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Facebook today announced an AI model trained on a billion images that ostensibly achieves state-of-the-art results on a range of computer vision benchmarks. Unlike most computer vision models, which learn from labeled datasets, Facebook’s generates labels from data by exposing the relationships between the data’s parts — a step believed to be critical to someday achieving human-level intelligence.
The future of AI lies in crafting systems that can make inferences from whatever information they’re given without relying on annotated datasets. Provided text, images, or another type of data, an AI system would ideally be able to recognize objects in a photo, interpret text, or perform any of the countless other tasks asked of it.
Facebook claims to have made a step toward this with a computer vision model called SEER, which stands for SElf-supERvised. SEER contains a billion parameters and can learn from any random group of images on the internet without the need for curation or annotation. Parameters, a fundamental part of machine learning systems, are the part of the model derived from historical training data.
Self-supervision for vision is a challenging task. With text, semantic concepts can be broken up into discrete words, but with images, a model must decide for itself which pixel belongs to which concept. Making matters more challenging, the same concept will often vary between images. Grasping the variation around a single concept, then, requires looking at a lot of different images.
Facebook researchers found that scaling AI systems to work with complex image data required at least two core components. The first was an algorithm that could learn from a vast number of random images without any metadata or annotations, while the second was a convolutional network — ConvNet — large enough to capture and learn every visual concept from this data. Convolutional networks, which were first proposed in the 1980s, are inspired by biological processes, in that the connectivity pattern between components of the model resembles the visual cortex.
In developing SEER, Facebook took advantage of an algorithm called SwAV, which was borne out of the company’s investigations into self-supervised learning. SwAV uses a technique called clustering to rapidly group images from similar visual concepts and leverage their similarities, improving over the previous state-of-the-art in self-supervised learning while requiring up to 6 times less training time.
Training models at SEER’s size also required an architecture that was efficient in terms of runtime and memory without compromising on accuracy, according to Facebook. The researchers behind SEER opted to use RegNets, or a type of ConvNet model capable of scaling to billions or potentially trillions of parameters while fitting within runtime and memory constraints.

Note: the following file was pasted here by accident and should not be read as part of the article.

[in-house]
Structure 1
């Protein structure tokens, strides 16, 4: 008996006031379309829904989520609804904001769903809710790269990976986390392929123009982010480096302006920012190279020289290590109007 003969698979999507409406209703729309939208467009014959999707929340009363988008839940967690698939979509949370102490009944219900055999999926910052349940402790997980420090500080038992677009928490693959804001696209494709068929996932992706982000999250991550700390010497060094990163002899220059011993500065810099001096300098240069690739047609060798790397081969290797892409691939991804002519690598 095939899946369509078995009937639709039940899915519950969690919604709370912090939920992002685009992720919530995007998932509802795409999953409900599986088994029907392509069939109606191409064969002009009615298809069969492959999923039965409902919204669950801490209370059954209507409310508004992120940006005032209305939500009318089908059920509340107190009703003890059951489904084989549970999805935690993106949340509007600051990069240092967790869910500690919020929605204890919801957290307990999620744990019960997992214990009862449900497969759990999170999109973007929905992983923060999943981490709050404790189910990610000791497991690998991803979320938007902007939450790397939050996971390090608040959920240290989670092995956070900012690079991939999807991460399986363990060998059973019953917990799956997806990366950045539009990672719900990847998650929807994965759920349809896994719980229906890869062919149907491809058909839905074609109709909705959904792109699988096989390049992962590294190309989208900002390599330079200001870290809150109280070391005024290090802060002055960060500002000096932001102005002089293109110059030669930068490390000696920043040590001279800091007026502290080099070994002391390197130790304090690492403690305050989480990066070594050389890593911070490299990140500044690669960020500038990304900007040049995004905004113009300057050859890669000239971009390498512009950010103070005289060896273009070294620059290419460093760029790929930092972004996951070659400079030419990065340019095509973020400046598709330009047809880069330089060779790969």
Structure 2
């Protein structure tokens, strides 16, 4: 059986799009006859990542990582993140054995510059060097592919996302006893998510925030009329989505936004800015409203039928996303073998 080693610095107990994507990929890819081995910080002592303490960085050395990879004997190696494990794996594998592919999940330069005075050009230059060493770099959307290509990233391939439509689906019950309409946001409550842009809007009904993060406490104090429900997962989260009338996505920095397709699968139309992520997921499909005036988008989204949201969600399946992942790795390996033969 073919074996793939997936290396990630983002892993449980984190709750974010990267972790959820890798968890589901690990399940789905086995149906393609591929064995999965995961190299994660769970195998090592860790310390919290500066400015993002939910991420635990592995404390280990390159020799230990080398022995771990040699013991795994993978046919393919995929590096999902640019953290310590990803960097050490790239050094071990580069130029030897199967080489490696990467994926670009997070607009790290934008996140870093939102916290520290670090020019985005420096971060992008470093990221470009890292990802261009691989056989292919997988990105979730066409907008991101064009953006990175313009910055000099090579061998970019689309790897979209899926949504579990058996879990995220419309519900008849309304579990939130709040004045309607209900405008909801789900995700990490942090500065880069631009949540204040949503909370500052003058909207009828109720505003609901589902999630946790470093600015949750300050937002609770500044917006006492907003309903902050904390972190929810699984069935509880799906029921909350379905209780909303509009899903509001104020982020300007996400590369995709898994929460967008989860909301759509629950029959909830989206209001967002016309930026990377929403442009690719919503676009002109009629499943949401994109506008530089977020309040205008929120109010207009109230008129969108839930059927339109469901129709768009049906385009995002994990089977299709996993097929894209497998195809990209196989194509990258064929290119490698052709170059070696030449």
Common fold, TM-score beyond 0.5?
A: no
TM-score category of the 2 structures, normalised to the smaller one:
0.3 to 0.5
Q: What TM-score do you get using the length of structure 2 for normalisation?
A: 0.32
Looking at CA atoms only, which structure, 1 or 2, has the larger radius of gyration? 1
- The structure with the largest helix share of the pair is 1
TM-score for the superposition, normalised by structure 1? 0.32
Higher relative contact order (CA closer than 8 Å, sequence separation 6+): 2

Facebook software engineer Priya Goyal said SEER was trained on 512 NVIDIA V100 GPUs with 32GB of RAM for 30 days.
The last piece that made SEER possible was a general-purpose library called VISSL, short for VIsion library for state-of-the-art Self Supervised Learning. VISSL, which Facebook is open-sourcing today, allows for self-supervised training with a variety of modern machine learning methods. The library facilitates self-supervised learning at scale by integrating algorithms that reduce the per-GPU memory requirement and increase the training speed of any given model.
Performance and future work
After pretraining on a billion public Instagram images, SEER outperformed the most advanced state-of-the-art self-supervised systems, Facebook says. SEER also outperformed models on tasks including object detection, segmentation, and image classification. When trained with just 10% of the examples in the popular ImageNet dataset, SEER still managed to hit 77.9% accuracy. And when trained with just 1%, SEER was 60.5% accurate.
When asked whether the Instagram users whose images were used to train SEER were notified or given an opportunity to opt out of the research, Goyal noted that Facebook informs Instagram account holders in its data policy that it uses information like pictures to support research, including the kind underpinning SEER. That said, Facebook doesn’t plan to share the images or the SEER model itself, in part because the model might contain unintended biases.
“Self-supervised learning has long been a focus for Facebook AI because it enables machines to learn directly from the vast amount of information available in the world, rather than just from training data created specifically for AI research,” Facebook wrote in a blog post. “Self-supervised learning has incredible ramifications for the future of computer vision, just as it does in other research fields. Eliminating the need for human annotations and metadata enables the computer vision community to work with larger and more diverse datasets, learn from random public images, and potentially mitigate some of the biases that come into play with data curation. Self-supervised learning can also help specialize models in domains where we have limited images or metadata, like medical imaging. And with no labor required up front for labeling, models can be created and deployed quicker, enabling faster and more accurate responses to rapidly evolving situations.”
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